I wasn’t smart enough for my undergrad, but the financial support was so good I couldn’t quit. Poverty is the mother of persistence. So I worked the system. I got credits for hanging out at USC  and learning “student advocacy” in a class full of beautiful women.
Man, I was good in those days.
During one particularly delightful class “retreat” we played prisoner’s dilemma. Course we didn’t know that’s what we were playing; we were supposed to defeat ourselves and learn valuable lessons. Except I figured it out, and, miraculously, I was able to convince my team to sabotage the game by always cooperating.
The retreat leaders were not happy.
These days it feels like America is in a game like that. A game we could win, except we choose to lose. The game masters must be getting desperate, because they keep making the answers easier.
We have serious problems with our demographics (hence health care costs, declining tax base), our CO2 production, our energy policies, and badly behaved corporations.
We can solve all of these problems, and win the game, with a few obvious moves.
Surely you can guess?
They are …
- Canadian-style immigration policy.
- Carbon tax.
- Percentage fines for corporate malfeasance rather than fixed dollar fines.
- End tax deductibility of corporate fines.
Obvious, ain’t it? I tell you, this game is rigged. The answers are so obvious I’ll just talk about the first one.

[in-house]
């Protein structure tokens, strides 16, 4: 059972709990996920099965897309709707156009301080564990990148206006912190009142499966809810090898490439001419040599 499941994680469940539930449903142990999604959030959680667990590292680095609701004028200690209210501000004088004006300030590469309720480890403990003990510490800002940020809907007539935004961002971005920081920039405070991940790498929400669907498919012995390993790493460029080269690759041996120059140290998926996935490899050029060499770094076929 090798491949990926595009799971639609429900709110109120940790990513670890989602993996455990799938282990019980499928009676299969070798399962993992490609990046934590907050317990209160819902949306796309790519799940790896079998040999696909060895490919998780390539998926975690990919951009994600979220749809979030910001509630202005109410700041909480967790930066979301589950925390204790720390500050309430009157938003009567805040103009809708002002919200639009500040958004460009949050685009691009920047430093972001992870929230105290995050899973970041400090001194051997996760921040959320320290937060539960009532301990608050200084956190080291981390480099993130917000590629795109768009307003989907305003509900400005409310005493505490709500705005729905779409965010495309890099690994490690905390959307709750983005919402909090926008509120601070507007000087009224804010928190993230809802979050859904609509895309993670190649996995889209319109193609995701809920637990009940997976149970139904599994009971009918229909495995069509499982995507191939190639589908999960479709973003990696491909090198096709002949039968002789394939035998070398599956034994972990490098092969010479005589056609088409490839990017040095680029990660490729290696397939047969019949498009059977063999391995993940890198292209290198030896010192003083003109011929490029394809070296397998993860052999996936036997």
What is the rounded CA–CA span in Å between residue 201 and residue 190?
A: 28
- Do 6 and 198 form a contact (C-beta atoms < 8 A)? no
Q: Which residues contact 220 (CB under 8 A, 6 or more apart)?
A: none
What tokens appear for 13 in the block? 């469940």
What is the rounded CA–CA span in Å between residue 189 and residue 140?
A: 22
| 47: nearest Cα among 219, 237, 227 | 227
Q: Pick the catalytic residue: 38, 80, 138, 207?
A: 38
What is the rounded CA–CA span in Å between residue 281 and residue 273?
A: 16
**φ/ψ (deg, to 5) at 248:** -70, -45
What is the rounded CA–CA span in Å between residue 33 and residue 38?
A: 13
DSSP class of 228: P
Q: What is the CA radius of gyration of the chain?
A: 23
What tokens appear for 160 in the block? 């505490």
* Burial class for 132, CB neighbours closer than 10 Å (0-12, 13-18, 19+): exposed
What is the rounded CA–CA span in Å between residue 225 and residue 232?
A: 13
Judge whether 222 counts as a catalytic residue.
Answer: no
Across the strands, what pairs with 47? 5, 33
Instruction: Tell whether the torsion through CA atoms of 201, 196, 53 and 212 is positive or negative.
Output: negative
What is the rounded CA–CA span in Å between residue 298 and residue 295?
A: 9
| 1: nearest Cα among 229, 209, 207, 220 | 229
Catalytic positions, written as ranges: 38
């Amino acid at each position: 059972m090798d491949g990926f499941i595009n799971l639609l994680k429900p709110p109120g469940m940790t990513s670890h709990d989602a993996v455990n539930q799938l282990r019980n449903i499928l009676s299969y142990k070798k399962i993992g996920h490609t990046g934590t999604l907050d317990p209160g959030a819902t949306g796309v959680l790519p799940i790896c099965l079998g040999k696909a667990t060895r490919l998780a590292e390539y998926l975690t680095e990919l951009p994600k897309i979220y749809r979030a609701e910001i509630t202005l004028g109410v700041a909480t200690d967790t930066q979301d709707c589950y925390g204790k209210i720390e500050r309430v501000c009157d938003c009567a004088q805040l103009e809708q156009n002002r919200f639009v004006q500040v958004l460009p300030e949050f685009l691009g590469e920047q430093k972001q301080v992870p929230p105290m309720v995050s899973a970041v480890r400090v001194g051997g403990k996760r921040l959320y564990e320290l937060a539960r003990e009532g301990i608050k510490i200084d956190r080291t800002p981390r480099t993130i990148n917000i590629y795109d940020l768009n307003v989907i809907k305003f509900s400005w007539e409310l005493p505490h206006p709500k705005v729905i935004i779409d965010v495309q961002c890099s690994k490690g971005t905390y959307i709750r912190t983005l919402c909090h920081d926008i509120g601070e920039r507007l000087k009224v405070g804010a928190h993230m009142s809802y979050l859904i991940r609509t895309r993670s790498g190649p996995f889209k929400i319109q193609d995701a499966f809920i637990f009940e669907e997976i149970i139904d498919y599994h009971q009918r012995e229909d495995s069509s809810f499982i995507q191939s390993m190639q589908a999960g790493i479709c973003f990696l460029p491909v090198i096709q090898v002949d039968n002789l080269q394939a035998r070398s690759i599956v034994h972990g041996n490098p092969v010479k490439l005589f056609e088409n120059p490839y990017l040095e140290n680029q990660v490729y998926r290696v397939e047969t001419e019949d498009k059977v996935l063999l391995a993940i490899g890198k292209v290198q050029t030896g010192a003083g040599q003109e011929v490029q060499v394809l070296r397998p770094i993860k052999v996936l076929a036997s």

Sometime in the past twenty years a group of freakin’ geniuses in Canada ran the numbers. They didn’t look good. Canada’s demographic transition  was particularly quick, the government pays for health care, and Canadians had stopped smoking.
So they tried to figure out Canada’s value prop. It ain’t the climate or the wealth opportunities. They decided it’s the society. Relatively diverse, fairly peaceful, very secure from invasion, not much of a terrorist target, decent albeit rapidly decaying infrastructure, and all located on the border of a vast money machine.
Canada started selling citizenship. It worked brilliantly. Canada skimmed the cream of the world in the prime of their life, without having to educate most of them.
We could do that. That takes care of our demographics problem.
Four obvious fixes. Problems solved. Easy.
That leaves only the interesting question. Who’s running this rigged game?
 Didn’t cost a thing. USC had an “exchange” relationship with us. I never saw a USC student at tech, so it was all to our advantage.
 Quebec went from families with 10+ kids to 1-2 kids in about 10 years. Fastest demographic transition in history, and a marker for how quickly a society can change without quite blowing up.